The Hormone Factory
Saskia Goldschmidt
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Buy *The Hormone Factory* by Saskia Goldschmidtonline

The Hormone Factory
Saskia Goldschmidt
Other Press
304 pages
November 2014
rated 5 of 5 possible stars

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Mordechai de Paauw is both the narrator and the larger-than-life main character of Saskia Goldschmidt's first novel. A power-hungry businessman, Mordechai pushes boundaries in his personal and professional quests for domination. His voice is consistent with that of an egomaniac willing to sacrifice all in the race for developing medical hormones. His narrative is equally consistent with the unscrupulous way he treats women, his employees, and loved ones. Readers won't find poetic passages remarking on the wonders of love in this work that reads like a diary. Yet Goldschmidt achieves a formidable task: making readers hungry for more of Mordechai.

Not content to be part of a family success story in the meat processing industry, Mordechai (the savvy twin saddled with brother Aaron--"slowness incarnate") enlists esteemed German research doctor RafaŽl Levine to drive startup Farmacom. This research lab/future pharmaceutical company has unlimited access to the once-wasted byproducts of slaughtered animals. Levine eyes patenting insulin, then female and male hormones. Mordechai quickly becomes so eager to test Farmacom's creations that he bypasses the cautious test phase that Dr. Levine insists on, endangering the lives of workers and even family members. He fails to provide innocent victims with the limited information and warnings that would help them comprehend the risks in taking experimental medicines.

While a novel primarily about the life of one aggressively ambitious man, The Hormone Factory also provides a view of Holland's pre-Hitler days and the adjustments that follow. The de Paauw family is Jewish, as are most of Farmacom's research scientists. Collectively they exhibit the full range of reactions to the advancing threat. Mordechai and Levine, in conflict after peace is declared, illustrate two distinct ways influential people survived the war, who or what they protected, and the high price of the ensuing personal and professional reckonings once the Nazis are defeated.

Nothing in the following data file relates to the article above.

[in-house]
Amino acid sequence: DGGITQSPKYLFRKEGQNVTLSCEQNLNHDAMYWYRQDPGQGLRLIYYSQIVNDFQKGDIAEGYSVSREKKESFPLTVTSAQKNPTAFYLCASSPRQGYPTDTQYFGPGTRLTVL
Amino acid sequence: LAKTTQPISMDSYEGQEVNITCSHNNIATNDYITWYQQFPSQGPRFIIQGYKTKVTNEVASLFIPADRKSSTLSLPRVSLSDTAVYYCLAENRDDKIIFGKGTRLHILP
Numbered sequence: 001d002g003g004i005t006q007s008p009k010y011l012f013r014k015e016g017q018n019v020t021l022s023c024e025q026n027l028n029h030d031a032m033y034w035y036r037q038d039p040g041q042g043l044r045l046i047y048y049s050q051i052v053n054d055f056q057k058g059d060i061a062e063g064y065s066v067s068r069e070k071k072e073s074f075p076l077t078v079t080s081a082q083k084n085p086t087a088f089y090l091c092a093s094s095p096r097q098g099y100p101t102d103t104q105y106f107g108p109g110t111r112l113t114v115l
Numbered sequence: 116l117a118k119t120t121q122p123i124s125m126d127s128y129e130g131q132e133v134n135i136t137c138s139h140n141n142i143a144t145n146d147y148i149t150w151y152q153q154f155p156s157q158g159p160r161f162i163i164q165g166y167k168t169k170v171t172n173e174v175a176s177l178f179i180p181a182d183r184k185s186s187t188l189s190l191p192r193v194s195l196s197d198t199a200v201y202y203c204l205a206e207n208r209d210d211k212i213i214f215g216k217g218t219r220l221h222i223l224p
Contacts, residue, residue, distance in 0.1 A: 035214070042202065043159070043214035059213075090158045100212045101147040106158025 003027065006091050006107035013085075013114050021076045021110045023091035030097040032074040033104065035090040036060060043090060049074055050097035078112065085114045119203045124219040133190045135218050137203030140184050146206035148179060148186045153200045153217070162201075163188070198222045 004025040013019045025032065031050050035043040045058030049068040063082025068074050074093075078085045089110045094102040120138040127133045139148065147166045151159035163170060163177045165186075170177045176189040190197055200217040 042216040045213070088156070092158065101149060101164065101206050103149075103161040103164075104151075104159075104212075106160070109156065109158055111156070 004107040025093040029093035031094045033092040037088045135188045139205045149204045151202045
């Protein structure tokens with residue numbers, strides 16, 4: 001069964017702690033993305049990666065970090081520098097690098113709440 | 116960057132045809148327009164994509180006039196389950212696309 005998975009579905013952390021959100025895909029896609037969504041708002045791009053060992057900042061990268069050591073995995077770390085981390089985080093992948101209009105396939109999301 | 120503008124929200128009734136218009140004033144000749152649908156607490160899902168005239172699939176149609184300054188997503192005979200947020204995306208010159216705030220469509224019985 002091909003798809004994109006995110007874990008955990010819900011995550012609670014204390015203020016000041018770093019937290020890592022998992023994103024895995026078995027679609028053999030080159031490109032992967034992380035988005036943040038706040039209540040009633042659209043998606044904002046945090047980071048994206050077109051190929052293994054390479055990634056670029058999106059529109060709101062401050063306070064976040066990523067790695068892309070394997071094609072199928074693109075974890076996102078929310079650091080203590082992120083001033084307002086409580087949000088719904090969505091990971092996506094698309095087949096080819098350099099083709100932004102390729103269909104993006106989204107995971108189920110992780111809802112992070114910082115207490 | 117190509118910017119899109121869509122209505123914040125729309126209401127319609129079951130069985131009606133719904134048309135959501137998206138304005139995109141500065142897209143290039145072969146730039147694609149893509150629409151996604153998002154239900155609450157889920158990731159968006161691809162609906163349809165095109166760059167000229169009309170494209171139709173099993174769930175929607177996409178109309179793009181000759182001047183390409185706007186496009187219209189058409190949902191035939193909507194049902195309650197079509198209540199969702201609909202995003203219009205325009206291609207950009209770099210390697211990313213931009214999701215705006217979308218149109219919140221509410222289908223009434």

At the same time, the author also paints an all-too vivid portrait of capitalism's frequent attacks on individual and societal mores. Aaron is the flawed foil to his selfish sibling. Levine is the educated humanist, his wife a cultural icon. The author tosses in a less-than perfect priest to additionally challenge both Mordechai's creations and his actions. The reappearing father also emphasizes the then pivotal role of the Catholic Church regarding sexual promiscuity and birth control.

Today Mizie has called in a doctor to back up her dearly held conviction that keeping me alive is still the right thing to do. The young man, who calls himself a geriatrician, is the 'expert' when it comes to life-and-death decisions. Getting saddled with this jerk must be my comeuppance for all the medical concoctions I unleashed on the world in my lifetime. All those miracle drugs that were fought tooth and nail by the Catholic Church because we had renounced the humility expected of man and taken on ourselves the mantle of creator.
With his irascible tone, Mordechai tends to underplay the damage his overactive libido has wrought. It is clearly ironic that the pharmaceuticals he is most interested in developing at Farmacom's state-of-the art labs are the hormones that increase and allow such behavior. It is also a feat of irony that the coming downfall for Mordechai's son, an accusation of rape, finally breaks through Mordechai's compartmentalized conscience. The ambiguous details of both Mordechai's American one-nighter, his son's sexual victims, and Mordechai's illegitimate daughter add a thought-provoking element: is the world really that small of a place? Should these men be thinking of whose daughters these women might be before they lunge?

The afterword of The Hormone Factory is a must-read. While a novel, many of the basic facts of this book were uncovered while the author researched her family's history during WWII. Revealing her connection to this early pharmacological world and Hitler's death camps, she shares a profound quote about the human condition, uttered by her father's first wife: "Marriage isn't made to withstand hell." Rivka, Mordechai's first wife, would agree.

Originally published on Curled Up With A Good Book at © Leslie Nichols Raith, 2015

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